KHN Morning Briefing

Summaries of health policy coverage from major news organizations

Health Law Enrollment: Gearing Up To Get The Message Out

Health law outreach efforts are proceeding with fits and starts, as one company returns its "navigator" grant because of the high level of scrutiny, while others vow they will be ready to begin enrolling people in the health law's new coverage. 

The Associated Press/Washington Post: Company Returns $800K 'Navigator' Grant As Obstacles To Implement Affordable Care Act Mount
A company that has for decades helped people enroll in Medicaid says it won't be able to sign up people for insurance under the new Affordable Care Act because there is too much scrutiny over a so-called navigator program. According to an email obtained by The Associated Press, Cardon Outreach's chief legal officer Charles Kable told the federal government it was returning more than $800,000 in federal grant money. The funds were supposed to be used to hire people in four states help explain the intricacies of health insurance to millions of people who aren't covered (9/15).

The Columbus Dispatch: Obamacare 'Navigators' Will Be Ready, Groups Vow
A probe for documents by congressional Republicans and a new state law have held back nonprofit organizations as they race to hire people who soon will help Ohioans shop for mandated health coverage. Despite the lack of new hires less than three weeks before enrollment begins for Ohio’s new federally run health-insurance marketplace, several groups hope to have some existing staff members trained and certified to help consumers by Oct. 1. Enrollment runs through March 31 (Sutherly, 9/13).

Richmond Times-Dispatch: Workers Gear Up To Prepare For Health Law
Thousands of organizations are seeking federal certification to allow their workers to help people apply for coverage, and that's creating a backlog in getting people certified, a federal official said Thursday at a meeting in Richmond (Smith, 9/14).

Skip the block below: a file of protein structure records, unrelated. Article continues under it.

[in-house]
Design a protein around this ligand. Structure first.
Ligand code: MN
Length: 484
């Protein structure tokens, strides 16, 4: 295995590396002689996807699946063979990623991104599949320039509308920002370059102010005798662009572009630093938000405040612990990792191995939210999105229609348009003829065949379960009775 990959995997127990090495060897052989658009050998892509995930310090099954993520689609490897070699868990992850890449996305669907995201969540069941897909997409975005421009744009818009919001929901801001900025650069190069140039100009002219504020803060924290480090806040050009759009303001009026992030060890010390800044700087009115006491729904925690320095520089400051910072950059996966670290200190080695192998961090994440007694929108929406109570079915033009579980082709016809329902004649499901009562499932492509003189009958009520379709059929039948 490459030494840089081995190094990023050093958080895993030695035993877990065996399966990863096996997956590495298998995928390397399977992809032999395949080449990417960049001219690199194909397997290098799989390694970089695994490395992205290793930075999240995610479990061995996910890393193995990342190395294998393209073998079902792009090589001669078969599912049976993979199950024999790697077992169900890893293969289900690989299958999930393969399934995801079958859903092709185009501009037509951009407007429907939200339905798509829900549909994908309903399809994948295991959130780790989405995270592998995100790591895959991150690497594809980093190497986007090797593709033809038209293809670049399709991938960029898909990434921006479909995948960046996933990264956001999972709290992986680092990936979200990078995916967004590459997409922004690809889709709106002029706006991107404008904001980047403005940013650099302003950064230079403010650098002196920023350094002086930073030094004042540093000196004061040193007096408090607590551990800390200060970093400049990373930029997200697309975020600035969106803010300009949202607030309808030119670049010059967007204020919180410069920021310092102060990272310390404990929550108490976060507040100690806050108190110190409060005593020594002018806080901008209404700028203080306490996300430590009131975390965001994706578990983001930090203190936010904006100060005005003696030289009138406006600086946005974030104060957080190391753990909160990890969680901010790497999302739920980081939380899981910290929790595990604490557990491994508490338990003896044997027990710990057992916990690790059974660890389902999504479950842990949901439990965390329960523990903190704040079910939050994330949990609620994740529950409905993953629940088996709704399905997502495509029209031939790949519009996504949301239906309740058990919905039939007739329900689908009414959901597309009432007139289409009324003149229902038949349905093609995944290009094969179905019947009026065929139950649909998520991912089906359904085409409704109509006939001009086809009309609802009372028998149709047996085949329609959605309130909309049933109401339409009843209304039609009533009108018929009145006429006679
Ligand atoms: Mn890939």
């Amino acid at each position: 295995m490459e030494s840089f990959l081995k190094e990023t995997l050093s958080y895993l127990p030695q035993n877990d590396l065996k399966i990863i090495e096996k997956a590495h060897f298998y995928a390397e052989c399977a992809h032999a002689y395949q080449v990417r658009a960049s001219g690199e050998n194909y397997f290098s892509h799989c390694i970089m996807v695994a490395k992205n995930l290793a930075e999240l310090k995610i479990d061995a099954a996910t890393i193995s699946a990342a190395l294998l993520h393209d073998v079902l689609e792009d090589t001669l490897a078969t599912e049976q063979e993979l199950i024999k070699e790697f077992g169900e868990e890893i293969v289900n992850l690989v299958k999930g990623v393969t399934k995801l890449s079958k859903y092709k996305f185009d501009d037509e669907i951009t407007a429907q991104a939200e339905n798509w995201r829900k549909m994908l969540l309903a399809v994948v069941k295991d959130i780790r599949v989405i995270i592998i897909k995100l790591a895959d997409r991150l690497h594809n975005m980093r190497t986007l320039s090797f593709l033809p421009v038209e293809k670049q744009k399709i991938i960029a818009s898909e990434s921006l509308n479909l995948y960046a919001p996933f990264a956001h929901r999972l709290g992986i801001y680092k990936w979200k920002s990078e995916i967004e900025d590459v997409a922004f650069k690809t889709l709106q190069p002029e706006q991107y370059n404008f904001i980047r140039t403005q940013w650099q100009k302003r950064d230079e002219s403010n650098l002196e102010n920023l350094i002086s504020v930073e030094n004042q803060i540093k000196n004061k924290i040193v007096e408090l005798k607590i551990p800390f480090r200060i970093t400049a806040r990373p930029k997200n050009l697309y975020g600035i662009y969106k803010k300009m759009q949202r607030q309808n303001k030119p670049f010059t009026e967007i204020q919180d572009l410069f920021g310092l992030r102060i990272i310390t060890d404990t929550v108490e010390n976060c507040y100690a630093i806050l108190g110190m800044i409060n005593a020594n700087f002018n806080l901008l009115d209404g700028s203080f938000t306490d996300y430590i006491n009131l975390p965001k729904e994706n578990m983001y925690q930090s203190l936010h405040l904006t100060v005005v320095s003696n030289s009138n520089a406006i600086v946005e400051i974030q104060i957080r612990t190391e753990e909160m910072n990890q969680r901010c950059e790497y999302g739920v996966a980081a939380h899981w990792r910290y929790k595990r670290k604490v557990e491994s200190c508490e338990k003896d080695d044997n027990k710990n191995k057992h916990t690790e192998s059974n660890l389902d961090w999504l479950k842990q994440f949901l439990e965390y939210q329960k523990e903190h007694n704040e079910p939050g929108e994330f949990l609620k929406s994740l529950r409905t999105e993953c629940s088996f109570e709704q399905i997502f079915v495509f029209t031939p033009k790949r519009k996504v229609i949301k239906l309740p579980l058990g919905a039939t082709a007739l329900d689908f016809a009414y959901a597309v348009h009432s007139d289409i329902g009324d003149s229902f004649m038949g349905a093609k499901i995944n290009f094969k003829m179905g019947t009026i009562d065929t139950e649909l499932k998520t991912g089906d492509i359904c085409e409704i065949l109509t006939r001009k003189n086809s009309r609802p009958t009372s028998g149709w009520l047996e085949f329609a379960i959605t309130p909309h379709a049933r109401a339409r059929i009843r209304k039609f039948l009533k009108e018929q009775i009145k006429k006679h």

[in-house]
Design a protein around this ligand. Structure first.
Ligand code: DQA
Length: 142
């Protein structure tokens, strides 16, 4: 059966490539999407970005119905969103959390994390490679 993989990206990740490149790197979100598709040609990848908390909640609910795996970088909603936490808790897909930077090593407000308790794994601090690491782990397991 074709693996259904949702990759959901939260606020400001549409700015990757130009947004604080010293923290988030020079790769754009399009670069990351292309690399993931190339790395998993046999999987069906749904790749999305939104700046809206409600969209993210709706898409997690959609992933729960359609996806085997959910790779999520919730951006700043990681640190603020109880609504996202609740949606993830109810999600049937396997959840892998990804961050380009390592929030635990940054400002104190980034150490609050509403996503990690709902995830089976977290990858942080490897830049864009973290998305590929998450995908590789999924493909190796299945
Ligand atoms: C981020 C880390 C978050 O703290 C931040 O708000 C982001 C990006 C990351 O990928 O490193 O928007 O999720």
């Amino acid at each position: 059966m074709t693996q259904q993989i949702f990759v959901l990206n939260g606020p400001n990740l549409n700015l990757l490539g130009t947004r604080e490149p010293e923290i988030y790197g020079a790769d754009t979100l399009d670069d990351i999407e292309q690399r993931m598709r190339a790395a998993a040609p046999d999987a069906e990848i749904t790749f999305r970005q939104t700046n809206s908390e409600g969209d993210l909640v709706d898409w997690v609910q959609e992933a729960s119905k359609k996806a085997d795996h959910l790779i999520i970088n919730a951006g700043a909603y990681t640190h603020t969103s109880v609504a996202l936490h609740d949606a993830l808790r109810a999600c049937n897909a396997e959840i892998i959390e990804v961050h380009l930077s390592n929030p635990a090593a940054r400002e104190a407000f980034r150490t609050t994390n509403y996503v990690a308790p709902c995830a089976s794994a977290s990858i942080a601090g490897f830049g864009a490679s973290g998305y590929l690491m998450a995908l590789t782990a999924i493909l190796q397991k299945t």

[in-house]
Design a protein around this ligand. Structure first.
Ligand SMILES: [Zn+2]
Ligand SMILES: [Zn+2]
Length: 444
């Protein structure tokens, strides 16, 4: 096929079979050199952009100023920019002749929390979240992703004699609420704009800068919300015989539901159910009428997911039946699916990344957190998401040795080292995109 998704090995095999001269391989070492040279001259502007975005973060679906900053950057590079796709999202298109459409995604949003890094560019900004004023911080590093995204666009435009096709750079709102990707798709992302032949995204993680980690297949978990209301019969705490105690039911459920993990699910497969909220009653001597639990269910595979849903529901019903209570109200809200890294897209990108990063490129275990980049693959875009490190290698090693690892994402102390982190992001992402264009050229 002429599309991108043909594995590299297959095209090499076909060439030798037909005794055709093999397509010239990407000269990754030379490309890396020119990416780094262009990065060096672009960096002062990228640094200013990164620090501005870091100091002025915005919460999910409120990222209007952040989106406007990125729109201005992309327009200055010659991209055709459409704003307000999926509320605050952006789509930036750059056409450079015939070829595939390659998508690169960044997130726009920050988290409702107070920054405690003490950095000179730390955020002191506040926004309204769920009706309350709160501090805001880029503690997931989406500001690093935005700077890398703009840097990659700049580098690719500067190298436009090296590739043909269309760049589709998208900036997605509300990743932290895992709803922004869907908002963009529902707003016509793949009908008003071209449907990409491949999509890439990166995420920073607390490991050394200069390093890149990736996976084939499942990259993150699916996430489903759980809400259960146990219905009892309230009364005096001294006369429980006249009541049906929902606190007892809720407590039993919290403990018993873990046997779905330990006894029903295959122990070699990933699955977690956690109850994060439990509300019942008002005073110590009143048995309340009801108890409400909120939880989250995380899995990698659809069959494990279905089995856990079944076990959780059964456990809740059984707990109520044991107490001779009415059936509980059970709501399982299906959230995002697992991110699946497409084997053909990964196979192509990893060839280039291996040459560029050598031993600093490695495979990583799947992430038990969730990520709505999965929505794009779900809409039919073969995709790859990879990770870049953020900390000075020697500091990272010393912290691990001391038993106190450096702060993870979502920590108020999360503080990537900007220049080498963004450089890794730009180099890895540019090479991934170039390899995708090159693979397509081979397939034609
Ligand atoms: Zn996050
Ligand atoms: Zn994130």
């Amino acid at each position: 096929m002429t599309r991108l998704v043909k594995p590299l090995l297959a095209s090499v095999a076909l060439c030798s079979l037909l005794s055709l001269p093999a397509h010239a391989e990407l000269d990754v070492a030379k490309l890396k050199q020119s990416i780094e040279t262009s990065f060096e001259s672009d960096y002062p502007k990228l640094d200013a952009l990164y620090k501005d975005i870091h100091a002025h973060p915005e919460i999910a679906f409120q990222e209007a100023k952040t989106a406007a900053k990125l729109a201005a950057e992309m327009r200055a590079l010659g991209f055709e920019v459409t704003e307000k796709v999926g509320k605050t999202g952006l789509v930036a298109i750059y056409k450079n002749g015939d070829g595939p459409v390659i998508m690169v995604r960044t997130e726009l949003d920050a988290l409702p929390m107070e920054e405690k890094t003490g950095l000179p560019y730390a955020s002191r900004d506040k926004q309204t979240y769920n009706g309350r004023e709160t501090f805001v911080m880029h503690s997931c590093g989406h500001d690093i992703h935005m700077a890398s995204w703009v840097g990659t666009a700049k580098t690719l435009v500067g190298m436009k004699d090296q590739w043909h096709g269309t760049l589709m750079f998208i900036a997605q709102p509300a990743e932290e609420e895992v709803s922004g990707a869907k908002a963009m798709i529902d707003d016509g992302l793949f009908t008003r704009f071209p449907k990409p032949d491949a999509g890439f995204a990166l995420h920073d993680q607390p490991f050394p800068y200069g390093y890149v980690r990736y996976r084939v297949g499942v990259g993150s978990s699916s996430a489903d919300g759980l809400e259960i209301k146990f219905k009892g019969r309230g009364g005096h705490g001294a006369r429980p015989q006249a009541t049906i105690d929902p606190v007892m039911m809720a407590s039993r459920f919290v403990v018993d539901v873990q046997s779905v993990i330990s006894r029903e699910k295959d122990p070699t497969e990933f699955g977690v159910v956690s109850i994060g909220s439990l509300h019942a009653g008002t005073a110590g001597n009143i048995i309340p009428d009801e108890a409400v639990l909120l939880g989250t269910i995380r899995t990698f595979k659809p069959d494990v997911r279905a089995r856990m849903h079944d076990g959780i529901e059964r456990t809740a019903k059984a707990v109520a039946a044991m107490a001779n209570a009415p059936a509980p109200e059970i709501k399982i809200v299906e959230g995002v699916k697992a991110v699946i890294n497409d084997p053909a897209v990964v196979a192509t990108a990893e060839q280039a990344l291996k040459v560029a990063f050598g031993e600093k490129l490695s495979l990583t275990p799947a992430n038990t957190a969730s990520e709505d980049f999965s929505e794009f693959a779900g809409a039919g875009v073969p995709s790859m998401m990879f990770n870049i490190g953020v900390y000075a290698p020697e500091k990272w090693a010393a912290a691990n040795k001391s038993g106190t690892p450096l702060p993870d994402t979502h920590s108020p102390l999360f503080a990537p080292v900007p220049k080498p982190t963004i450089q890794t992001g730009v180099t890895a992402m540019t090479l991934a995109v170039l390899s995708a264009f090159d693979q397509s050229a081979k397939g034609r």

The Wall Street Journal: Kentucky Officials Promote Health Law Where Skepticism Runs Deep
As Kentucky prepares to implement the health law, public agencies and advocacy groups are devoting millions of dollars and scores of outreach workers to sign up a key group: uninsured people in the state's rural expanses. Of the roughly 640,000 Kentuckians who are uninsured, 45% live in nonmetropolitan counties, which are mainly rural, according to state data (Campo-Flores, 9/13).

Kaiser Health News: The Overlooked Obamacare Sales Force: Hospitals
As community groups, brokers and insurers prepare to recruit members for medical plans that go on sale in October under the health law, nobody has a bigger financial stake in their success than hospitals. And few may work harder to sign consumers up for the Obamacare insurance marketplaces than hospitals themselves (Hancock, 9/13).

Marketplace: Government Hired 'Navigators' To Help Consumers Enroll In Health Exchanges
In just about two weeks, millions of uninsured Americans will start shopping online to get coverage … in theory. In reality millions of people remain confused over what Obamacare does or if it's even still a law. To chart these murky health insurance waters, the federal government is spending millions dollars to hire navigators who can help consumers enroll. The front lines of the Affordable Care Act right now are cramped church pews, hospital conference rooms, featuring weak coffee and plenty of power point presentations (Gorenstein, 9/16).

The Sacramento Bee: California Businesses Work To Adapt To Health Care Law
Neil Crosby, director of sales for Warner Pacific Insurance Services, had surpassed 500 when he lost track of the number of presentations he has given on the new federal health care law. Addressing apprehensive audiences, Crosby tests their understanding of the challenges businesses face as they scramble to digest and meet the requirements of the Affordable Care Act. When he asks whether there is anything that requires them to provide health care for their workers, they reply, "Yes" (Cadelago, 9/16).

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